Summary: Exposition of Habakkuk 2:1-4 and related verses
Text: Habakkuk 2:1-5, Title: The Just Live By Faith, Date/Place: LSCC, 8/20/06, PM
A. Opening illustration: Gordon Dykes walking and jumping around the pulpit
B. Background to passage: After Habakkuk’s second response of disbelief and affirmation of trust, God speaks again about the things to come in the form of a vision that He asks Habakkuk to write down. In the vision He promises to bring to pass judgment against the wicked Babylonians that He is about to raise up to judge Israel. And in the first couple of lines, He gives one of the most quoted OT texts in the NT, “the just shall live by faith.” Since this is such an important theme in the bible, I want to linger over it here in our text and in the three other places that it is found in the NT.
C. Main thought: We, the righteous, should live by faith.
A. Trust in Hard Times--Habakkuk 2:4
1. In our text tonight, God has told Habakkuk to write down a vision that would surely come to pass. After telling the prophet that He was raising up the Babylonians to discipline Israel, they would be punished themselves. That God would not allow their wickedness to go unpunished. But God also says that all things have their appointed times and seasons. And the point of this text for Habakkuk and the faithful ones in Israel is that during the meanwhile they will have to live by faith that God is large and in charge, because it is going to look like the Babylonian gods are running the show.
2. Ps 46:1-2, Ps 37:3-5, 40:4, 125:1, Pro 3:5-6, Phil 4:6-7, 2 Cor 4:8-9, Matt 6:31-32, 1 Pet 5:7,
3. Illustration: quote from NIV App Comm bottom of p. 236, Flight instructor to the student that he had just scared to death very calmly said, “There is no position you can get this airplane into that I cannot get you out of. If you want to learn to fly, go up there and do it again.” At that moment God seemed to be saying to me, “Remember this. As you serve Me, there is no situation you can get yourself into that I cannot get you out of. If you trust me, you will be all right.” That lesson has been proven true in my ministry many times over the years.
4. What this means to us is that during seasons of our lives that are extremely difficult, we must remain confident that God is working out all things to our good and His glory. They may not make sense to us, but we know that they are best. So what does that look like? We refuse to worry and fret about things which we cannot control, because we know who is, and we know His character. We work toward contentedness. We constantly affirm our trust in Him, and live like we really do trust. Do not allow emotions to run your life. Rest firm in a solid foundation—Christ!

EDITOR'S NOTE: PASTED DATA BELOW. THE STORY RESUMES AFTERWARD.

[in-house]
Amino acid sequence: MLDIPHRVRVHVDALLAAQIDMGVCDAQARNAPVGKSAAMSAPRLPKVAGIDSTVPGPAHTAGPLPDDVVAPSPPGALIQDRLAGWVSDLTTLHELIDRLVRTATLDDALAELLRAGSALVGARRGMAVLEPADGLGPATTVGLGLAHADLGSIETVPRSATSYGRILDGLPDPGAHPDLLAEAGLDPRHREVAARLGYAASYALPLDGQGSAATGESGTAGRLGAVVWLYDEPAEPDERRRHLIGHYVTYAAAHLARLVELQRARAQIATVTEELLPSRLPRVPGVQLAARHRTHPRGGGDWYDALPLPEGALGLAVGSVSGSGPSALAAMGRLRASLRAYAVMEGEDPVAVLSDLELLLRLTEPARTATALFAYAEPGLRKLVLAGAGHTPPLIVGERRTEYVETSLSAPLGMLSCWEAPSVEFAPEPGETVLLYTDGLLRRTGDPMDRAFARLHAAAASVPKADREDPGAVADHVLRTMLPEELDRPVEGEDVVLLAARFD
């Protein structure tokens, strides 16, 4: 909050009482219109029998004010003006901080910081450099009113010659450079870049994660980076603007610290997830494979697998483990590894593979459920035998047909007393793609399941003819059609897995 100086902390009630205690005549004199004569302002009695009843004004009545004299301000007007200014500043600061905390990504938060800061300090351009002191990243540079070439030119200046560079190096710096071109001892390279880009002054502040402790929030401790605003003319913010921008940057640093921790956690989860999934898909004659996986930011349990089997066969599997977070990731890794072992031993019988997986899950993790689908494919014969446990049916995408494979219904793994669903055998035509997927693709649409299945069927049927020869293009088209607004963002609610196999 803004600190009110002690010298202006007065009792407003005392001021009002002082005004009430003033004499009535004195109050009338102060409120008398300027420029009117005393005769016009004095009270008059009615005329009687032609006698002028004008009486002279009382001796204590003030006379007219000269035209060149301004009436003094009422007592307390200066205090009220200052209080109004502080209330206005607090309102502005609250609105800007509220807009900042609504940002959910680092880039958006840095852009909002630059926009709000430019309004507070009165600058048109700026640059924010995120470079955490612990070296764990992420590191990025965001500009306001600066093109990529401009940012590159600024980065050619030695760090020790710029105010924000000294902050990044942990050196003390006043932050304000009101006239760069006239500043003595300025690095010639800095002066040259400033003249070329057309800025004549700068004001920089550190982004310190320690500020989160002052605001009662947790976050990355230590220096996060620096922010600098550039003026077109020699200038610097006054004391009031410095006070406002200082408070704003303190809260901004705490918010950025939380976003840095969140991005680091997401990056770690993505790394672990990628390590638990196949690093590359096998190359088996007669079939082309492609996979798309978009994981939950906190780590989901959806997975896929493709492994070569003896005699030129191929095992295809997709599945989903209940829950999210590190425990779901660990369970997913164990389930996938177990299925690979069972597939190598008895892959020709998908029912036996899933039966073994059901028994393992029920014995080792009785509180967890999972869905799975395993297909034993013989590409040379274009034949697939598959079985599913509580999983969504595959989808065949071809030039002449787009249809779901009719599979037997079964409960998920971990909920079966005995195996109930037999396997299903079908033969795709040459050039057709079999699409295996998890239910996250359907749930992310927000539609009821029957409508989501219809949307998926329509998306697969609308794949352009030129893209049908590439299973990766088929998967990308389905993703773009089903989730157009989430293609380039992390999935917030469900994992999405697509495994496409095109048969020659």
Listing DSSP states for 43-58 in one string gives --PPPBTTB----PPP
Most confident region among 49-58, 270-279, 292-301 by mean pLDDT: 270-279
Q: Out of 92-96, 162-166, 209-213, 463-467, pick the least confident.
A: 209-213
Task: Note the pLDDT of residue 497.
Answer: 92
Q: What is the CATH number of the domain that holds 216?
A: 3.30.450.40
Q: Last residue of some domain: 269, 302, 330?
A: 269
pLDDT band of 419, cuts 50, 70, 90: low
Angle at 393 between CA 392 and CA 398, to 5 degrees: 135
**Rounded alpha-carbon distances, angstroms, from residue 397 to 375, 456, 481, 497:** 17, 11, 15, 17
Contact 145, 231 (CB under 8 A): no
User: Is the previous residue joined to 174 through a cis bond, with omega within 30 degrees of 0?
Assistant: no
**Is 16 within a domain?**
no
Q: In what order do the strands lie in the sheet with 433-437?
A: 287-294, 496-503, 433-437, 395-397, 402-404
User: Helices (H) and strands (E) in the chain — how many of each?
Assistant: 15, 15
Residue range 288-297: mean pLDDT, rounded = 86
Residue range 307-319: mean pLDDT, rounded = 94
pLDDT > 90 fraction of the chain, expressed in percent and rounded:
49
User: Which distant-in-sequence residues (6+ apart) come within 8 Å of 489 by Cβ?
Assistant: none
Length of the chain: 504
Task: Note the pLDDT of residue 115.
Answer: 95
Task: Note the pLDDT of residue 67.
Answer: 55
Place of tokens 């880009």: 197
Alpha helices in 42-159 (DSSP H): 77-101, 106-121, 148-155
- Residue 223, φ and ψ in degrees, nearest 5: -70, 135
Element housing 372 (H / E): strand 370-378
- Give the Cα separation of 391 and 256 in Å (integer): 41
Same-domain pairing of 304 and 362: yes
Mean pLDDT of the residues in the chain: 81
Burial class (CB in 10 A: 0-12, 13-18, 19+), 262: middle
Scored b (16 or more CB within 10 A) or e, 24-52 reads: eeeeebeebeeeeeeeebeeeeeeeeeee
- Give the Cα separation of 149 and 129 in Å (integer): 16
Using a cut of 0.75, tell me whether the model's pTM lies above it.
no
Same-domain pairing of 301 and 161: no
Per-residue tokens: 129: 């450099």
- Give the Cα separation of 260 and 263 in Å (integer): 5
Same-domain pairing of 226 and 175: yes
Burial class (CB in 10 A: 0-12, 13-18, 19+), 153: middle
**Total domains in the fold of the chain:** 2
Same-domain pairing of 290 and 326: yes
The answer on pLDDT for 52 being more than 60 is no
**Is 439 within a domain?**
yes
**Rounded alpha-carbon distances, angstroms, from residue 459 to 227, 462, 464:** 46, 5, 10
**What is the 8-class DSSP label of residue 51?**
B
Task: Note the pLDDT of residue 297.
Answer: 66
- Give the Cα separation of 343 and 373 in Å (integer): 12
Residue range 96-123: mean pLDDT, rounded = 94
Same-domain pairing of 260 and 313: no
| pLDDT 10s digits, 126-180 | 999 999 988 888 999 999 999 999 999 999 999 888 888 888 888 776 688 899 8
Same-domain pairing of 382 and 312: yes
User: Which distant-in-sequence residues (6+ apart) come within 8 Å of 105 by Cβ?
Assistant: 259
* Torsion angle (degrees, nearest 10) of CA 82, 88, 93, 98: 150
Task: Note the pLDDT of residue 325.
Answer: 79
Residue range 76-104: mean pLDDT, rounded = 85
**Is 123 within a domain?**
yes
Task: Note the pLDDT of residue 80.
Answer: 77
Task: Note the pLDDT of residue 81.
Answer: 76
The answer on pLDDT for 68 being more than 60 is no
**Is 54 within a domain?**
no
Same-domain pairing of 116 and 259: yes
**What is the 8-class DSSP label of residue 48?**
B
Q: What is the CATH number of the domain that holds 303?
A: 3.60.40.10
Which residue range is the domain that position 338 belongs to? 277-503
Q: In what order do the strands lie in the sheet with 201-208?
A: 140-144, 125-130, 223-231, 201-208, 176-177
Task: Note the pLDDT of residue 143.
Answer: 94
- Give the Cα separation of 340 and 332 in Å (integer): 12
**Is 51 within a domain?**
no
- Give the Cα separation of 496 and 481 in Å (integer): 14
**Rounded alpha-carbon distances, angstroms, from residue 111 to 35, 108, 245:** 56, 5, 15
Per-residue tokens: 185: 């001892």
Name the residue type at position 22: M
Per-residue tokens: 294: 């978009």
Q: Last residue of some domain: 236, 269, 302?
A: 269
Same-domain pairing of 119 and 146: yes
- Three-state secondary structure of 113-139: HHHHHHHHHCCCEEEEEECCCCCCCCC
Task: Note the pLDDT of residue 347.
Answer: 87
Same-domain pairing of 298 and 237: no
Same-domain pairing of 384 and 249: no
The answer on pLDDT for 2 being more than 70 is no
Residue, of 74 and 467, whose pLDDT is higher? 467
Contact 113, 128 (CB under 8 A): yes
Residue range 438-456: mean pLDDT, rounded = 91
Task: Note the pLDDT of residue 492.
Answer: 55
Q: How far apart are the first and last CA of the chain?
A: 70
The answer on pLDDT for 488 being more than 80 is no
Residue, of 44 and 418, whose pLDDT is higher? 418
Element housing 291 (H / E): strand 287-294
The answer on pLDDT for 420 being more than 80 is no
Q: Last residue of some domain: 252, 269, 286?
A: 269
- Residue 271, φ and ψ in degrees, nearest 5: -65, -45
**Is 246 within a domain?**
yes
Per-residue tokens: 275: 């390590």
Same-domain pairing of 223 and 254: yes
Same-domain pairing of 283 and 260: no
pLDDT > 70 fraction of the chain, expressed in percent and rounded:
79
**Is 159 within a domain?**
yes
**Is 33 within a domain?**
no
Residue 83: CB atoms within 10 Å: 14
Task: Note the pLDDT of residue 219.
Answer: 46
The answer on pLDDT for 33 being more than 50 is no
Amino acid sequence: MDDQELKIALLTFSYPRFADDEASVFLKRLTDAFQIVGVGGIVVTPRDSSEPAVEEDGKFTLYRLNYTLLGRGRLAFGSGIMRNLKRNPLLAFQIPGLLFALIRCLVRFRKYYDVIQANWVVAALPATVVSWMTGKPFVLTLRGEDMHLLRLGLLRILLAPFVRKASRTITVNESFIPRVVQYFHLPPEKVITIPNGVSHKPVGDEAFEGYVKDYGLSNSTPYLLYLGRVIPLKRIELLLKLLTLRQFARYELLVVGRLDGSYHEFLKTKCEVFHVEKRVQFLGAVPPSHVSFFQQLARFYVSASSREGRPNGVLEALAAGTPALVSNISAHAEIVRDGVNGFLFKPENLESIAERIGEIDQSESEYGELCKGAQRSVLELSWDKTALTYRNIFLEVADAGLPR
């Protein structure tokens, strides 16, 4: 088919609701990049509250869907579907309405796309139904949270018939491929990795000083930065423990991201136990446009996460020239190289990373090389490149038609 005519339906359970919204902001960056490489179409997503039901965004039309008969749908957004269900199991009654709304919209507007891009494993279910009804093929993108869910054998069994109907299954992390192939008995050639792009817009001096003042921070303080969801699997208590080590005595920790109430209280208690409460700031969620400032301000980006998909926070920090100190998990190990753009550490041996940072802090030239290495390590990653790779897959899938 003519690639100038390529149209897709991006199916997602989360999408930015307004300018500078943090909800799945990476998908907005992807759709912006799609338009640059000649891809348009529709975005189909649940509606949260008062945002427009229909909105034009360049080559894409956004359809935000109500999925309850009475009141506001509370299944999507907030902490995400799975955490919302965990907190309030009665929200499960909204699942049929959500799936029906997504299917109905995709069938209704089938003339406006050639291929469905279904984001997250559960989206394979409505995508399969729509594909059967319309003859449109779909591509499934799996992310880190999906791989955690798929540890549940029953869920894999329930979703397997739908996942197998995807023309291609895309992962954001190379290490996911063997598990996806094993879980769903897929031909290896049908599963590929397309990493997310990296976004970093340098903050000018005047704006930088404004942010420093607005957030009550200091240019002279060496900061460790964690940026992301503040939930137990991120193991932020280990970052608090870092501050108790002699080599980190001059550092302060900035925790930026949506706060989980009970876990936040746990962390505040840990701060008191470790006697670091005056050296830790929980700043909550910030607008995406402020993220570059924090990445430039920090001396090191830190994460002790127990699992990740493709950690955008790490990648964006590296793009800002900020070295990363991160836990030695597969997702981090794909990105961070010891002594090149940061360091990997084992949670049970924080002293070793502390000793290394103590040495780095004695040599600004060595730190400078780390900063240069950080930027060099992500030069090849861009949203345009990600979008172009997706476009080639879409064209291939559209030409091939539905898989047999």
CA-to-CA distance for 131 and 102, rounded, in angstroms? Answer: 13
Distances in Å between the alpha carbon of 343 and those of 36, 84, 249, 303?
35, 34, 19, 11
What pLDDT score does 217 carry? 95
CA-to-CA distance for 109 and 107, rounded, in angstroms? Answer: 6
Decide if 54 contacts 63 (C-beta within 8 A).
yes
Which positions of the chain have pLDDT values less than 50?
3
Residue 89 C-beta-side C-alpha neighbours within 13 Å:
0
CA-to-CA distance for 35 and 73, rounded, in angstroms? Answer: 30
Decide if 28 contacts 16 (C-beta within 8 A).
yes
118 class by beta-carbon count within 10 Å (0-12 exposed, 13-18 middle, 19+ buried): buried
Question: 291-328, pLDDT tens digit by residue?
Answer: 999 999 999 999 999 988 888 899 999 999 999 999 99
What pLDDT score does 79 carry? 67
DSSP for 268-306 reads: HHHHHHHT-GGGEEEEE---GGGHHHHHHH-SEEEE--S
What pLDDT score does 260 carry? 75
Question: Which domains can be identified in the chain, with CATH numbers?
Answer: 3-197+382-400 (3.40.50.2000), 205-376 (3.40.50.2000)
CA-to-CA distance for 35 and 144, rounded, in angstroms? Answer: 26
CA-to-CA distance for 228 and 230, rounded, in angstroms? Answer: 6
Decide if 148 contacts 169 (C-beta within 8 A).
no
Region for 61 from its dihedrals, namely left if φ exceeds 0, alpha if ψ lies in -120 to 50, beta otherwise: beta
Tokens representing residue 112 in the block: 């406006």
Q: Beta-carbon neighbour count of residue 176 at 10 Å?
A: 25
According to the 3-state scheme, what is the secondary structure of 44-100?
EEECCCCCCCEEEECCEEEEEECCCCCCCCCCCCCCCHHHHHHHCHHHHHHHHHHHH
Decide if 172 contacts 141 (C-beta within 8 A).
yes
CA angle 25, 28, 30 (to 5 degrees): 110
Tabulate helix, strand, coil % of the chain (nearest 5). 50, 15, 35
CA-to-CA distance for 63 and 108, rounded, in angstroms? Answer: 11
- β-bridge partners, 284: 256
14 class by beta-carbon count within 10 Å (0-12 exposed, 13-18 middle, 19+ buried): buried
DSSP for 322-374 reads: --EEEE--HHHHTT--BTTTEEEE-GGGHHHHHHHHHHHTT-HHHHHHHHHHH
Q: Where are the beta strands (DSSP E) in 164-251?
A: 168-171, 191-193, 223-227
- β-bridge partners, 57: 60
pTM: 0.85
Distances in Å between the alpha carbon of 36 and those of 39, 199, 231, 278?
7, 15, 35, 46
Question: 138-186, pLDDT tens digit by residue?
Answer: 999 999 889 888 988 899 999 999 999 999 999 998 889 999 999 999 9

B. Perseverance and Patience--Hebrews 10:38
1. The writer here has given an admonition about apostasy, warning the Hebrew Christians that true believers will be faithful to the end and not turn from the faith. Then he encourages them to be patient in the waiting on the return of Christ. There were some that had begun to doubt Christ’s return and defect from the faith. So he quotes Habakkuk, and reminds them to live by faith and not by sight. Therefore, don’t shrink back from the faith, but wait patiently on the return and vindication of the Lord.
2. James 5:7-8, Rom 8:25, 1 Thess 2:19, 2 Pet 3:4,
3. Illustration: Some of the greatest missionaries of history devotedly spread the seed of God’s Word and yet had to wait long periods before seeing the fruit of their efforts. William Carey, for example, labored 7 years before the first Hindu convert was brought to Christ in Burma, and Adoniram Judson toiled 7 years before his faithful preaching was rewarded. In western Africa, it was 14 years before one convert was received into the Christian church. In New Zealand, it took 9 years; and in Tahiti, it was 16 years before the first harvest of souls began. Thomas a Kempis described that kind of patience in these words: “He deserves not the name of patient who is only willing to suffer as much as he thinks proper, and for whom he pleases. The truly patient man asks (nothing) from whom he suffers, (whether) his superior, his equal, or his inferior…But from whomever, or how much, or how often wrong is done to him, he accepts it all as from the hand of God, and counts it gain!”
4. The point for us is to endure with patience the trials of our faith that are more precious than gold, rejoicing in them in Christ, and counting them all joy. Knowing that the testing of your faith produces maturity in the faith. Also that we must believe in an immanent return of Christ. And we must live as though we believed in an immanent return. Live with no regrets, taking opportunities that you have to advance the kingdom while it is still daylight. Look forward to the coming of Christ to bring the age to its culmination.